[SciPy-dev] Updated generic optimizers proposal

dmitrey openopt@ukr....
Wed Apr 25 12:25:18 CDT 2007


Check for the case:
objFun(x) = sum(x)
x0 = [0 0 0 0 0 0 0 0 0 1] (or very small numbers instead of zeros, 
smaller than typicalDeltaX/50 for example)
lb = zeros
ub = ones (or any other)

so if you use random shift for all coords (x = x_prev + deltaX, all 
coords of deltaX are random), the probability of "move" is 2^(-9)=1/512 
and probability of "stay" is 1-2^(-9) = 511/512.
this is valid for current update_guess() from anneal
class fast_sa:
def update_guess(self, x0):
        x0 = asarray(x0)
        u = squeeze(random.uniform(0.0, 1.0, size=self.dims))
        T = self.T
        y = sign(u-0.5)*T*((1+1.0/T)**abs(2*u-1)-1.0)
        xc = y*(self.upper - self.lower) (so xc=deltaX change ALL coords)
        xnew = x0 + xc
        return xnew

class cauchy_sa(base_schedule):
    def update_guess(self, x0):
        x0 = asarray(x0)
        numbers = squeeze(random.uniform(-pi/2, pi/2, size=self.dims))
        xc = self.learn_rate * self.T * tan(numbers)
        xnew = x0 + xc (ALSO modify ALL coords)
        return xnew

class boltzmann_sa(base_schedule):
    def update_guess(self, x0):
        std = minimum(sqrt(self.T)*ones(self.dims), 
(self.upper-self.lower)/3.0/self.learn_rate)
        x0 = asarray(x0)
        xc = squeeze(random.normal(0, 1.0, size=self.dims))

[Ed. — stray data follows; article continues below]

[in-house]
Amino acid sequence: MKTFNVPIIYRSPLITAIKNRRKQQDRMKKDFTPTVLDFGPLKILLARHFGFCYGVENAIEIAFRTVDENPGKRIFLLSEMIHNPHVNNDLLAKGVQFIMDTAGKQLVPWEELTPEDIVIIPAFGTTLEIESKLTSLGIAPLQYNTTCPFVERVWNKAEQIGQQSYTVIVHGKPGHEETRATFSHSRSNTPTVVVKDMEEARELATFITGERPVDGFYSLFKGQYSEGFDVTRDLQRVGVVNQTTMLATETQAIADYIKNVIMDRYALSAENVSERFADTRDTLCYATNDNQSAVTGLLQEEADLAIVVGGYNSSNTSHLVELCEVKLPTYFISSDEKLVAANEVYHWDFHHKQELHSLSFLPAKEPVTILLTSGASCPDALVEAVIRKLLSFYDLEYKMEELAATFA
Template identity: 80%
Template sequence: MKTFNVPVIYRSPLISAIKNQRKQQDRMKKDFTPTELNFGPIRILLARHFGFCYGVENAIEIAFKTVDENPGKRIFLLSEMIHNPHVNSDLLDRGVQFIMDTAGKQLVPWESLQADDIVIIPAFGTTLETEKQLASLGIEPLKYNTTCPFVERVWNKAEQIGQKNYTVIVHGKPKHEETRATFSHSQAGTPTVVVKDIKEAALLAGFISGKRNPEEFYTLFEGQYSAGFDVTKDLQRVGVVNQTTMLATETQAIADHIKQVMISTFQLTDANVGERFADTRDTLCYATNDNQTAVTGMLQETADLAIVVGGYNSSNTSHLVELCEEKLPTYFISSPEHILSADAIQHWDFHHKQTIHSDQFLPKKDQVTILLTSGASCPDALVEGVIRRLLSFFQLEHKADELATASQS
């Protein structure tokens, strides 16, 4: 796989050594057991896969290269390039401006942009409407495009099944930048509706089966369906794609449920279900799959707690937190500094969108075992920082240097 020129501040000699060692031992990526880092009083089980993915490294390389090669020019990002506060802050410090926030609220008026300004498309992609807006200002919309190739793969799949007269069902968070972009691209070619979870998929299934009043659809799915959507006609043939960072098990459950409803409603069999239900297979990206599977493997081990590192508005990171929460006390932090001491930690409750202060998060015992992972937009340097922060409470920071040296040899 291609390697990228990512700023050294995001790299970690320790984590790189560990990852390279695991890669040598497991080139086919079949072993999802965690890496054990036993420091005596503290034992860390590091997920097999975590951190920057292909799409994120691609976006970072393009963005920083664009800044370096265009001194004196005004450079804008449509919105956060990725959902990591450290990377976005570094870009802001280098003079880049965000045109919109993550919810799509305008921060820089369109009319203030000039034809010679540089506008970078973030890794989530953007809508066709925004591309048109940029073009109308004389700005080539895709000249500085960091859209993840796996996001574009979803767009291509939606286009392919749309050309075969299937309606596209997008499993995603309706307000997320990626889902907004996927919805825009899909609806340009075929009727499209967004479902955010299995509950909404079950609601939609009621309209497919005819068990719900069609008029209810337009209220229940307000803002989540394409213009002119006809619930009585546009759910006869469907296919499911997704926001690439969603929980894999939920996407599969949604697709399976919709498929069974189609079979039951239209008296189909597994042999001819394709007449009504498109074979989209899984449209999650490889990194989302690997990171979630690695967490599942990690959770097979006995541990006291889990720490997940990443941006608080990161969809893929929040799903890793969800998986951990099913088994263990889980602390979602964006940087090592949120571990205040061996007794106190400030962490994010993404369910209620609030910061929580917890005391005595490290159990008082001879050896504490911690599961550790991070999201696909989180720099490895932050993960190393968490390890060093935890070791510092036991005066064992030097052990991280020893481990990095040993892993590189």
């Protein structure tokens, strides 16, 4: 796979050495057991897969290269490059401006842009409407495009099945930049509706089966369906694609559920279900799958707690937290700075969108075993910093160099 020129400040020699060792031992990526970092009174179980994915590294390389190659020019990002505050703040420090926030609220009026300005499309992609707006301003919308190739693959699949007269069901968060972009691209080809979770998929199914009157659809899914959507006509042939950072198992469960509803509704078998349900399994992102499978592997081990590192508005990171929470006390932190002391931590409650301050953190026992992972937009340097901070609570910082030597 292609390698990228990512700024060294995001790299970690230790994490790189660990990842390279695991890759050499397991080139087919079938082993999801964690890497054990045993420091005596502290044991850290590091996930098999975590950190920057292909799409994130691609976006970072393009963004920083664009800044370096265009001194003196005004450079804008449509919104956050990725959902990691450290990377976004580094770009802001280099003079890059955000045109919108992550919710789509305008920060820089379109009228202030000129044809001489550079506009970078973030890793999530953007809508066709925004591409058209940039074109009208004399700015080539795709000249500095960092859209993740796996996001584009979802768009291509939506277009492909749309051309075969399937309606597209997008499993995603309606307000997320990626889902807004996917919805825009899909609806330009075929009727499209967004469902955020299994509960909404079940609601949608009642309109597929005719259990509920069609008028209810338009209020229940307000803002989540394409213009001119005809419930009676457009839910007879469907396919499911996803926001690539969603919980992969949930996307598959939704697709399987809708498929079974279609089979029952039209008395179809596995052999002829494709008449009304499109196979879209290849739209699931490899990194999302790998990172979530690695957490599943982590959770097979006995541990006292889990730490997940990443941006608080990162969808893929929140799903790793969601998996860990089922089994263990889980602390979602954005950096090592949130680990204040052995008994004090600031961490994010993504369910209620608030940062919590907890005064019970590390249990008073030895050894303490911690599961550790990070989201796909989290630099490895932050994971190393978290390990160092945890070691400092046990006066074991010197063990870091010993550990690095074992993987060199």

xnew = x0 + xc*std*self.learn_rate (ALSO modify ALL coords)
        return xnew

If you use random shift for 1 coord only (sequential) there can be other 
problems.

WBR, D.

william ratcliff wrote:
> The 'simple' way applies only to the anneal algorithm in scipy.  When 
> one chooses steps in a simulated annealing algorithm, there is always 
> the question of how to step from the current point.  For anneal, it is 
> currently done based on an upper bound and lower bound (in one 
> option).  However, there is nothing to prevent the searcher from 
> crawling its way out of the box.  When most people imagine themselves 
> searching in a bounded parameter space, that is not the expected 
> behavior.  Now, it is possible that the optimum solution is truly 
> outside of the box and that the searcher is doing the right thing.  
> However, if that is not the case, then there is a problem.  So, what 
> is one to do?  The first obvious thing to try is to say, if you reach 
> the edge of a bounded parameter, stay there.  However, that is not 
> ideal as you get stuck and can't explore the rest of the phase space.  
> So, I use the simple heuristic that if a trial move is to take you 
> outside of the box, simply stay where you are.  In the next cycle, try 
> to move again.   This will keep you in the box, and if there is truly 
> a solution outside of the box, will still move you towards the walls 
> and let you know that maybe you've set your bounds improperly.   Now, 
> there are questions of efficiency.  For example, how easy is it to get 
> out of corners?  Should one do reflections?  However, I believe that 
> my rather simple heuristic will preserve detailed balance and results 
> in an algorithm that has the expected behavior and is better than 
> having no option ;>
>
> As for deprecation--is it really true that
> scipy.optimize.anneal is deprecated?
>
> As for issues of this global optimizer or that global optimizer, why 
> not let the user decide based on their expectations of their fitting 
> surface?  For some truly glassy surfaces, one is forced into 
> techniques like simulated annealing, parrallel tempering, genetic 
> algorithms, etc. and I imagine that their relative performance is 
> based strongly on the particular problem that their are trying to solve.
>
> Cheers,
> WIlliam Ratcliff



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